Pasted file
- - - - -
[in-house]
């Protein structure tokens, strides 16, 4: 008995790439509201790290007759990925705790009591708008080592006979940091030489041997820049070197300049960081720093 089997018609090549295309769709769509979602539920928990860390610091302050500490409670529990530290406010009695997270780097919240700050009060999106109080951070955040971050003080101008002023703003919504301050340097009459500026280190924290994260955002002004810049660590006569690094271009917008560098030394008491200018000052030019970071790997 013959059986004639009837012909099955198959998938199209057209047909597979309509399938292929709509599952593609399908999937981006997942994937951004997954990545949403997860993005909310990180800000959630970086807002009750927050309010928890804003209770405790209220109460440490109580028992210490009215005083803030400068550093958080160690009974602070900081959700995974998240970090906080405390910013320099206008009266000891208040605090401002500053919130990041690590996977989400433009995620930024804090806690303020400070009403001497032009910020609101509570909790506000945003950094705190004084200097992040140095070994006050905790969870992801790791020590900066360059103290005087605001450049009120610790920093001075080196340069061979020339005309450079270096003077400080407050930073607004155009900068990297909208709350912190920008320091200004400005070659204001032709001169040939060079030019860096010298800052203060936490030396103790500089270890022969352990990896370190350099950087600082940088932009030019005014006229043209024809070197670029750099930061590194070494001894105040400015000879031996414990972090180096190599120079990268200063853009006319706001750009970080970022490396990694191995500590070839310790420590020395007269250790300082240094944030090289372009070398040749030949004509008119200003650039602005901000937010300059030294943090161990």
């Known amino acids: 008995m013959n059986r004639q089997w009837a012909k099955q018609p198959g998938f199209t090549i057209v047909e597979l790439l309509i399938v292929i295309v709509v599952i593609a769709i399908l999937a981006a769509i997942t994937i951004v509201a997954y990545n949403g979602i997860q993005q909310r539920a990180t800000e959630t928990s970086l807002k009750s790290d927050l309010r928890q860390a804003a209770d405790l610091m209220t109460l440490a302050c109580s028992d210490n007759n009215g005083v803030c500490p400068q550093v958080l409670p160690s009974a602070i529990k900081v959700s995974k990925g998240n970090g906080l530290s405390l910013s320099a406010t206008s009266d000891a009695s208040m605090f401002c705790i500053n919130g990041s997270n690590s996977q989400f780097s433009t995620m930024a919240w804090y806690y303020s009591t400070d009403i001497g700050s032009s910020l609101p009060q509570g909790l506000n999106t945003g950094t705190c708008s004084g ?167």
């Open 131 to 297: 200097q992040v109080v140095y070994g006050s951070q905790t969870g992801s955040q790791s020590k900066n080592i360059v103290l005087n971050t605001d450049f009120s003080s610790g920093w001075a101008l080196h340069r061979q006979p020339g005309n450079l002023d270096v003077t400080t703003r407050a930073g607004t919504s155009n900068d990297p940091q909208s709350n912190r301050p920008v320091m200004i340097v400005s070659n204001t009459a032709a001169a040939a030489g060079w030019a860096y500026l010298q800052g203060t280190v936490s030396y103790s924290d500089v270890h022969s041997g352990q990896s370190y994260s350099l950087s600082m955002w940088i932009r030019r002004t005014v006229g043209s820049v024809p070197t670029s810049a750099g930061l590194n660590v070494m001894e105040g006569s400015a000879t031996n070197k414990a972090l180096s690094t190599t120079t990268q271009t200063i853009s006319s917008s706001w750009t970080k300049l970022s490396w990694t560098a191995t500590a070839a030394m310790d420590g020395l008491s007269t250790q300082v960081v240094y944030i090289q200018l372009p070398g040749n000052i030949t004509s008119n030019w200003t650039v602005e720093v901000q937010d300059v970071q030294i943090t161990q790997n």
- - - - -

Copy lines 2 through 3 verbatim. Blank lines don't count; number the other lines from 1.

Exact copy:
């Protein structure tokens, strides 16, 4: 008995790439509201790290007759990925705790009591708008080592006979940091030489041997820049070197300049960081720093 089997018609090549295309769709769509979602539920928990860390610091302050500490409670529990530290406010009695997270780097919240700050009060999106109080951070955040971050003080101008002023703003919504301050340097009459500026280190924290994260955002002004810049660590006569690094271009917008560098030394008491200018000052030019970071790997 013959059986004639009837012909099955198959998938199209057209047909597979309509399938292929709509599952593609399908999937981006997942994937951004997954990545949403997860993005909310990180800000959630970086807002009750927050309010928890804003209770405790209220109460440490109580028992210490009215005083803030400068550093958080160690009974602070900081959700995974998240970090906080405390910013320099206008009266000891208040605090401002500053919130990041690590996977989400433009995620930024804090806690303020400070009403001497032009910020609101509570909790506000945003950094705190004084200097992040140095070994006050905790969870992801790791020590900066360059103290005087605001450049009120610790920093001075080196340069061979020339005309450079270096003077400080407050930073607004155009900068990297909208709350912190920008320091200004400005070659204001032709001169040939060079030019860096010298800052203060936490030396103790500089270890022969352990990896370190350099950087600082940088932009030019005014006229043209024809070197670029750099930061590194070494001894105040400015000879031996414990972090180096190599120079990268200063853009006319706001750009970080970022490396990694191995500590070839310790420590020395007269250790300082240094944030090289372009070398040749030949004509008119200003650039602005901000937010300059030294943090161990």
């Known amino acids: 008995m013959n059986r004639q089997w009837a012909k099955q018609p198959g998938f199209t090549i057209v047909e597979l790439l309509i399938v292929i295309v709509v599952i593609a769709i399908l999937a981006a769509i997942t994937i951004v509201a997954y990545n949403g979602i997860q993005q909310r539920a990180t800000e959630t928990s970086l807002k009750s790290d927050l309010r928890q860390a804003a209770d405790l610091m209220t109460l440490a302050c109580s028992d210490n007759n009215g005083v803030c500490p400068q550093v958080l409670p160690s009974a602070i529990k900081v959700s995974k990925g998240n970090g906080l530290s405390l910013s320099a406010t206008s009266d000891a009695s208040m605090f401002c705790i500053n919130g990041s997270n690590s996977q989400f780097s433009t995620m930024a919240w804090y806690y303020s009591t400070d009403i001497g700050s032009s910020l609101p009060q509570g909790l506000n999106t945003g950094t705190c708008s004084g ?167």